"Regions undergo a renaissance in this globalised world, re-emerging as vital domains of collective life, sources of cultural identity, as planning territories and economic spaces – and as autonomous energy systems. Regions play a critical role in working towards to a carbon emissions and nuclear free future. At the regional level resilient renewable energy systems can evolve, supporting community health and security – and producing substantial value added benefits. Indeed, in the struggle for renewable energy independence, the future belongs to renewable energy, sustainable local income generation and, urgently, regional carbon sequestration strategies.

A five-university consortium led by Professor Droege studied the Lake Constance Region, a 15’0000 square kilometre large territory across four central European countries over four years, and demonstrated how it can become a model region, and how its potentials can be fully utilised, building on the many current initiatives. The multidisciplinary and scientifically based publication is now released: it explores the energetic, organisational and economic opportunities of a renewably autonomous region. The authors present directions and tangible possibilities for the regional economy, spatial development, transport, urban design and architecture, in at once practical and model ways."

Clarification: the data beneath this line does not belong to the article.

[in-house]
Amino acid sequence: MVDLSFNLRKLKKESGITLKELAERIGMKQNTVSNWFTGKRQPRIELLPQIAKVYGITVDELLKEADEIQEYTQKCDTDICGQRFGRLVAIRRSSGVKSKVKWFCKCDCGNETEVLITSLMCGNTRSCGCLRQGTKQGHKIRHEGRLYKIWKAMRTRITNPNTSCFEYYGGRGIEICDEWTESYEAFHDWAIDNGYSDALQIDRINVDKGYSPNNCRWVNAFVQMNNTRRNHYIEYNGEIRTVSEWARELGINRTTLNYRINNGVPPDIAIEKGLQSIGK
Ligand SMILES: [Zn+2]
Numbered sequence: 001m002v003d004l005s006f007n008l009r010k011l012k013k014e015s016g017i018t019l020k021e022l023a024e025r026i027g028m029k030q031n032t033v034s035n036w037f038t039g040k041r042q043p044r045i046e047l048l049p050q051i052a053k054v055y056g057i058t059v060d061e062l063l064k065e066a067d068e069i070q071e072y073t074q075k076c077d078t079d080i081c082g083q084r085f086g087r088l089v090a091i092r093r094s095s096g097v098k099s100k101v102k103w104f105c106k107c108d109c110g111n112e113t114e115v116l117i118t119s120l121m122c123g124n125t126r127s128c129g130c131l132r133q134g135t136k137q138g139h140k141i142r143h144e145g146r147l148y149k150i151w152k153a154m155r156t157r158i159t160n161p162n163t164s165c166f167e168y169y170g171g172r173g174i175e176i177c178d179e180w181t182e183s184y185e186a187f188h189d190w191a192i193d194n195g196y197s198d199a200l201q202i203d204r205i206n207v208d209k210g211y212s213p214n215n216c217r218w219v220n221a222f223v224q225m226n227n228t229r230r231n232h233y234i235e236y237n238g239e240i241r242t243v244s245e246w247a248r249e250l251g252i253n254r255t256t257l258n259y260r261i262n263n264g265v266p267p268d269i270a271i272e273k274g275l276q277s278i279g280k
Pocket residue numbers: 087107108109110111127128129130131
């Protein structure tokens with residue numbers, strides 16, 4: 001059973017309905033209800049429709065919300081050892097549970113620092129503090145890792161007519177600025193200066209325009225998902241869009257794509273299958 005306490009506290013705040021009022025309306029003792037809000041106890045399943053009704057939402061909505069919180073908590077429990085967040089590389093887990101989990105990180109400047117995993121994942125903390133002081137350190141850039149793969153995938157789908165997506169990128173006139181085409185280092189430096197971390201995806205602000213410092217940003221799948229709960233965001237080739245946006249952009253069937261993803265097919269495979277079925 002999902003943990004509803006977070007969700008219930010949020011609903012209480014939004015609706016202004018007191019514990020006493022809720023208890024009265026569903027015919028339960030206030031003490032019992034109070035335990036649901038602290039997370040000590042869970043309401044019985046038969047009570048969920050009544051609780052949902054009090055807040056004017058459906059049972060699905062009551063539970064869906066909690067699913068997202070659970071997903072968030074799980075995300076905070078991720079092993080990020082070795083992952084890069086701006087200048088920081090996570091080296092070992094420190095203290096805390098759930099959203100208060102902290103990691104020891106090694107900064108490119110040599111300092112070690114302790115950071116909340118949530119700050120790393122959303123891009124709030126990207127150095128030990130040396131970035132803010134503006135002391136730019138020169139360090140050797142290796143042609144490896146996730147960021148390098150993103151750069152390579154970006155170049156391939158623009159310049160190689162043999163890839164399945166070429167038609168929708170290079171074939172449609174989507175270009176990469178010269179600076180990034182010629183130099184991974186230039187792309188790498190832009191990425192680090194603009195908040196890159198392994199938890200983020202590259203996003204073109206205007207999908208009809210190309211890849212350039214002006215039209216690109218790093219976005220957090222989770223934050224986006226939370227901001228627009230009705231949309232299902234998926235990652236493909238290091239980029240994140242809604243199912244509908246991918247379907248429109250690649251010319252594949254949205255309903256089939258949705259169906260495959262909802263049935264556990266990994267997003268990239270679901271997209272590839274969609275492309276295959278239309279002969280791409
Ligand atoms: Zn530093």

sun above the horizonSUN ABOVE THE HORIZON - Meteoric Rise of the Solar Industry